UI toolkits for Python

Alex Martelli aleaxit at yahoo.com
Tue Oct 18 10:18:32 CEST 2005

Paul Rubin <http://phr.cx@NOSPAM.invalid> wrote:

> Torsten Bronger <bronger at physik.rwth-aachen.de> writes:
> > Because everybody is capable of running a JS engine, even on
> > computers on which you don't have rights to install something.
> I don't think using JS so heavily without a compelling reason is
> really in the WWW spirit.  Lots of browsers don't have JS.  And lots
> of JS is so annoying that some users like to turn it off even in
> browsers that have it.

I don't have the exact numbers, and I'm pretty certain they'd be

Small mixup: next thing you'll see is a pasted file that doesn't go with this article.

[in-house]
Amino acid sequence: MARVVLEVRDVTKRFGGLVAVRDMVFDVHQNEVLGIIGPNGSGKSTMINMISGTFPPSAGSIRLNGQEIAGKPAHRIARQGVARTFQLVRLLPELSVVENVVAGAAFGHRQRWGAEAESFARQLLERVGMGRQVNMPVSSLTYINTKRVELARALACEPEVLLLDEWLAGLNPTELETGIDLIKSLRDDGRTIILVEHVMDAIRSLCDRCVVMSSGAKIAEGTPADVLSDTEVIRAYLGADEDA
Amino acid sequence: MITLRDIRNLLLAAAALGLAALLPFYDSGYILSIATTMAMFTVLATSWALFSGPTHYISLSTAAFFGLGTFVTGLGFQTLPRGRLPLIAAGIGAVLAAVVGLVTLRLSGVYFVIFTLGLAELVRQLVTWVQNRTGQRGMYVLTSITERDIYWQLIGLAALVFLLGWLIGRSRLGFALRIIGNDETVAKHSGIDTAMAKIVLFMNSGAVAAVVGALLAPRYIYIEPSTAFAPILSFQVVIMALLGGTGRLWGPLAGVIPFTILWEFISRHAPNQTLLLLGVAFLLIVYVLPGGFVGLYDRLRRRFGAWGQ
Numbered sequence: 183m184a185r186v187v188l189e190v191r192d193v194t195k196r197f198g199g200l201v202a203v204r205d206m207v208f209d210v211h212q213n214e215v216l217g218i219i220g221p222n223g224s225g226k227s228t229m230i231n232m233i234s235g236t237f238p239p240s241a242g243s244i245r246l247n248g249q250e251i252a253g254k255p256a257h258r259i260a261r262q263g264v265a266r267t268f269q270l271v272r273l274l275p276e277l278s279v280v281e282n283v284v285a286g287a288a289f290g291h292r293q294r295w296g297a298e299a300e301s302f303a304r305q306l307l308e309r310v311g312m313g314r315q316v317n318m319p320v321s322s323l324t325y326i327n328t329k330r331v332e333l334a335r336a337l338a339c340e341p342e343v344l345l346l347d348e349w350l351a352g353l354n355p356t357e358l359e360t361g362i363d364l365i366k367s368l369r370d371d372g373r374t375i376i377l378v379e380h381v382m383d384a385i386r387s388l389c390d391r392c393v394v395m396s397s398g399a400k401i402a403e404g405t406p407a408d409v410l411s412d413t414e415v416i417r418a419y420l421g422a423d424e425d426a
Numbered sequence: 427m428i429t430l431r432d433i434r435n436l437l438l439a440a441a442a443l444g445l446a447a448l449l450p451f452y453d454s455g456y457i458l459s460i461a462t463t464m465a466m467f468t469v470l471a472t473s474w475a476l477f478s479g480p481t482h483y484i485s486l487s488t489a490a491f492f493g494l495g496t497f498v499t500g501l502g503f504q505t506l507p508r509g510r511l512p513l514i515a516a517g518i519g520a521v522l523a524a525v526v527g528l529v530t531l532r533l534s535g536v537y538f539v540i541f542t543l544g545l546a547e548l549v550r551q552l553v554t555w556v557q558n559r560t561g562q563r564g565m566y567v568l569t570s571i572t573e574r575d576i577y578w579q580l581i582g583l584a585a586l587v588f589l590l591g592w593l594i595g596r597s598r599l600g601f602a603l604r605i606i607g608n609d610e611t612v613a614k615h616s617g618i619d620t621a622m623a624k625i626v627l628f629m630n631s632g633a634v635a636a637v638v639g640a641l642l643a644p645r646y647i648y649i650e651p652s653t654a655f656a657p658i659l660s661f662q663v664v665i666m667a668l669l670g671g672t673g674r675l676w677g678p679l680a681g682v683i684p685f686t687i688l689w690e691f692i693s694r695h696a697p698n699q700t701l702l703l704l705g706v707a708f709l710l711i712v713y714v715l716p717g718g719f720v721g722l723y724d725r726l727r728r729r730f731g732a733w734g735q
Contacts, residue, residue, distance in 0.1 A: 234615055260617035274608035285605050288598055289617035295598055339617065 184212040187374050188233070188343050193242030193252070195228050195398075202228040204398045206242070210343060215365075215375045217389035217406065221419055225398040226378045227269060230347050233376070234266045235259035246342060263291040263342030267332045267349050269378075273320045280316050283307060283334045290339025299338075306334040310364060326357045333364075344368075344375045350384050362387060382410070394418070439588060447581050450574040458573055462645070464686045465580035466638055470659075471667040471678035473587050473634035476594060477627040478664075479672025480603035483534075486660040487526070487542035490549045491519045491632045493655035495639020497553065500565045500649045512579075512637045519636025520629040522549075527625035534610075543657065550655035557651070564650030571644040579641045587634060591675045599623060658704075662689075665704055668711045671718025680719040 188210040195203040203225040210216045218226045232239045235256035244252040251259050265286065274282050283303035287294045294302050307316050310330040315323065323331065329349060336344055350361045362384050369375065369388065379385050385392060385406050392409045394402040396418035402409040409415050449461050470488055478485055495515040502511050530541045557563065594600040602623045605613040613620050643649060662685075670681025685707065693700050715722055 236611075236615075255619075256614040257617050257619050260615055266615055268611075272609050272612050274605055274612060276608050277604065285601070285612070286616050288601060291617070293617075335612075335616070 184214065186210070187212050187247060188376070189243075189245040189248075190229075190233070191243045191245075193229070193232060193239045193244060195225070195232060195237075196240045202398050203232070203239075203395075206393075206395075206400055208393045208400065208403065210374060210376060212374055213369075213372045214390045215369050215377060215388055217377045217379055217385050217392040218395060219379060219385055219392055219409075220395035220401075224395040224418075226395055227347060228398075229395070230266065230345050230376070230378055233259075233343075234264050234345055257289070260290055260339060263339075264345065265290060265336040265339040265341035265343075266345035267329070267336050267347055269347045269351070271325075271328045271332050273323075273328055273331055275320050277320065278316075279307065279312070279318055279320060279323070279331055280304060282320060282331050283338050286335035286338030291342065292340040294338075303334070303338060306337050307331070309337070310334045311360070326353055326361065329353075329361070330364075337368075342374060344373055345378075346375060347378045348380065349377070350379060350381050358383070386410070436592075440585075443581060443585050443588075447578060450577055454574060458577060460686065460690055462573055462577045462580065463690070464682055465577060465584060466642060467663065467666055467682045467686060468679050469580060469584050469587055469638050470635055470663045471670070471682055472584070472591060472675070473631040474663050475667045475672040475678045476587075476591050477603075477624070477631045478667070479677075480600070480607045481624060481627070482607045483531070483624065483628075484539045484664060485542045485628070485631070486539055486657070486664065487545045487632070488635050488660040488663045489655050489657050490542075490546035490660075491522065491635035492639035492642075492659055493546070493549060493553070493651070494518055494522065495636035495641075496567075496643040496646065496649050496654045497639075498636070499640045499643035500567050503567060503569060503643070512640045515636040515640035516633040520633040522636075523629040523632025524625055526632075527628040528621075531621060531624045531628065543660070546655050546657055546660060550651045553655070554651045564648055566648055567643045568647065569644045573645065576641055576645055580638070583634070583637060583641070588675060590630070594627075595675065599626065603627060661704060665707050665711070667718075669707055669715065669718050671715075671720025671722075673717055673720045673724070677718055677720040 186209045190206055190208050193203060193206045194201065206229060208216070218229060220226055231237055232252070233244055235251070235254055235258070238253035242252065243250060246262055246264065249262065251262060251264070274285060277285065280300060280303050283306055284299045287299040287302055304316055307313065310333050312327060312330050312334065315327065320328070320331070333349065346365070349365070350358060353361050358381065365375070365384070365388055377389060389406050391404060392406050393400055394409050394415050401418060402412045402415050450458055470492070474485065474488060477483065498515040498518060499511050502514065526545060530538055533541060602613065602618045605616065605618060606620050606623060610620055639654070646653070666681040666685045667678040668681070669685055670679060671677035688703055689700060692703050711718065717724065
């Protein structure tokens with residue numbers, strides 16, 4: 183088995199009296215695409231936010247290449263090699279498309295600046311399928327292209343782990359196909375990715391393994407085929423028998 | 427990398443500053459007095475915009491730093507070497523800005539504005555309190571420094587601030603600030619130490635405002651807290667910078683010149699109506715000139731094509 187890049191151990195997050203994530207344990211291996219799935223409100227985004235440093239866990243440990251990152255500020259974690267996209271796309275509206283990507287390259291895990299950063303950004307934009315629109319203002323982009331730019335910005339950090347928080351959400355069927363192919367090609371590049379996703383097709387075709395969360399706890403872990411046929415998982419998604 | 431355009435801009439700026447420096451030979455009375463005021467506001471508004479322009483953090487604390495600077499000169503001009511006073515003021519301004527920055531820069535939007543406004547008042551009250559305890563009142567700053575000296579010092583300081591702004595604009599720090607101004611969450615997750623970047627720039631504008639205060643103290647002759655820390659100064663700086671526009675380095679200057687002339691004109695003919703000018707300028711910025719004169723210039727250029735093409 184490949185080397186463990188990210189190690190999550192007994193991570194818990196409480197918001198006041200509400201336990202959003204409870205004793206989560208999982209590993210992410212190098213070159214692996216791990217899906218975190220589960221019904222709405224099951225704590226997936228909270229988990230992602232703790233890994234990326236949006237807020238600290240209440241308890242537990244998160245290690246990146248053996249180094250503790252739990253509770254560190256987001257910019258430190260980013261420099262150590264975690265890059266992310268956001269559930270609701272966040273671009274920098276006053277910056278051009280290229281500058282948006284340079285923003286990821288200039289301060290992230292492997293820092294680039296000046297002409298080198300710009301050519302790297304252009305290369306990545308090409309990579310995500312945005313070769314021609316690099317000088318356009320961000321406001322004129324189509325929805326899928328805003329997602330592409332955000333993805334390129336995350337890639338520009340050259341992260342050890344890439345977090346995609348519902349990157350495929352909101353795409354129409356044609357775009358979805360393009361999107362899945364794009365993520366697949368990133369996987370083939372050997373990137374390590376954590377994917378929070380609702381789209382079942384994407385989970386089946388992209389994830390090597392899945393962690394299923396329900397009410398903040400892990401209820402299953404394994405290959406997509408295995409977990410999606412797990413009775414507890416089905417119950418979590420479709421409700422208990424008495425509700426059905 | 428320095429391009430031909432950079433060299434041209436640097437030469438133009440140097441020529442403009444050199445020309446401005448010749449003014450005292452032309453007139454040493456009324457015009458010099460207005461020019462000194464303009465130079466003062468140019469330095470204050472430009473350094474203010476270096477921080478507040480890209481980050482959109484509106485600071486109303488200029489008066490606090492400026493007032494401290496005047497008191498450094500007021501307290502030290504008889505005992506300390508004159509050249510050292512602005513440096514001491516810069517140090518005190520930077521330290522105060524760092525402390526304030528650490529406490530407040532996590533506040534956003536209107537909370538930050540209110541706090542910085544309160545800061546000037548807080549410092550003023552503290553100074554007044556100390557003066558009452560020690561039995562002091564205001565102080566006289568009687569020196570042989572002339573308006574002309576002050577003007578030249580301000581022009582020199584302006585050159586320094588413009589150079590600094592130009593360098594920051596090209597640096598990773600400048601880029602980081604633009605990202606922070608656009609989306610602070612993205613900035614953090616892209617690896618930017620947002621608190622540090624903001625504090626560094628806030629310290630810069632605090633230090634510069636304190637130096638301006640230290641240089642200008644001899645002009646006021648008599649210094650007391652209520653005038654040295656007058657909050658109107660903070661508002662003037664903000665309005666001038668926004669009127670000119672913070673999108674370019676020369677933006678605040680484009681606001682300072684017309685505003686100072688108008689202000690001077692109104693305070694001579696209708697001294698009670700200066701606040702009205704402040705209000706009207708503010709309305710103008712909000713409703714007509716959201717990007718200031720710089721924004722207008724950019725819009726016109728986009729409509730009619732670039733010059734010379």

confidential if I did, but I believe the factors you mention (browsers
completely lacking JS, and users turning JS off), *combined*, still
allow JS-rich interfaces to run for well over 95% of visitors to our
sites.  Maybe that's the key difference between the mindset of a
mathematician and that of an engineer -- I consider reaching over 95% of
visitors to be _quite good indeed_, while you appear to disagree because
of "WWW spirit" issues.  Is making a rapidly responsive site (not
requiring roundtrips for every interaction) a "compelling reason"?  It
seems to me that it is -- and why else would one use ANY Javascript,
after all?

My one issue with the JS/AJAX mania is that I really dislike JS as a
language, particularly when you take the mixed mongrel dialect that you
do need to reach all the various browsers and releases needed to make
that 95% goal.  But, alas, there is really no alternative!-(


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